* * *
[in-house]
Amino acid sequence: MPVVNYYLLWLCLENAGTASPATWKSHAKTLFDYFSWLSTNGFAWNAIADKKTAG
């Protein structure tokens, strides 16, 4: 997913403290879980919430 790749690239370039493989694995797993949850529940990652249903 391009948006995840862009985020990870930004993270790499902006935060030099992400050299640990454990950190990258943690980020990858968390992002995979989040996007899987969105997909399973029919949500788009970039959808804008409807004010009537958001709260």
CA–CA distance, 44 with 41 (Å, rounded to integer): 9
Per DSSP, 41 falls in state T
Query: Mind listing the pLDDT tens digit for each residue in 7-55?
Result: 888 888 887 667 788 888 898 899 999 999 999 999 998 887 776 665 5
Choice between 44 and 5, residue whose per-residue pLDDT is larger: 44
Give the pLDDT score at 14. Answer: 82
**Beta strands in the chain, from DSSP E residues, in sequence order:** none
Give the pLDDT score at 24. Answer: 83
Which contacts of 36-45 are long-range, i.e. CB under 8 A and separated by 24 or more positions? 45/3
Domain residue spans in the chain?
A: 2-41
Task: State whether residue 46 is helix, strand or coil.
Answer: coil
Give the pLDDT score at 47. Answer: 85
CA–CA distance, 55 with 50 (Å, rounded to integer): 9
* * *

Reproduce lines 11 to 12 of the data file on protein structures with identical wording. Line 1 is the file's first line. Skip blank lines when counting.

Give the pLDDT score at 24. Answer: 83
Which contacts of 36-45 are long-range, i.e. CB under 8 A and separated by 24 or more positions? 45/3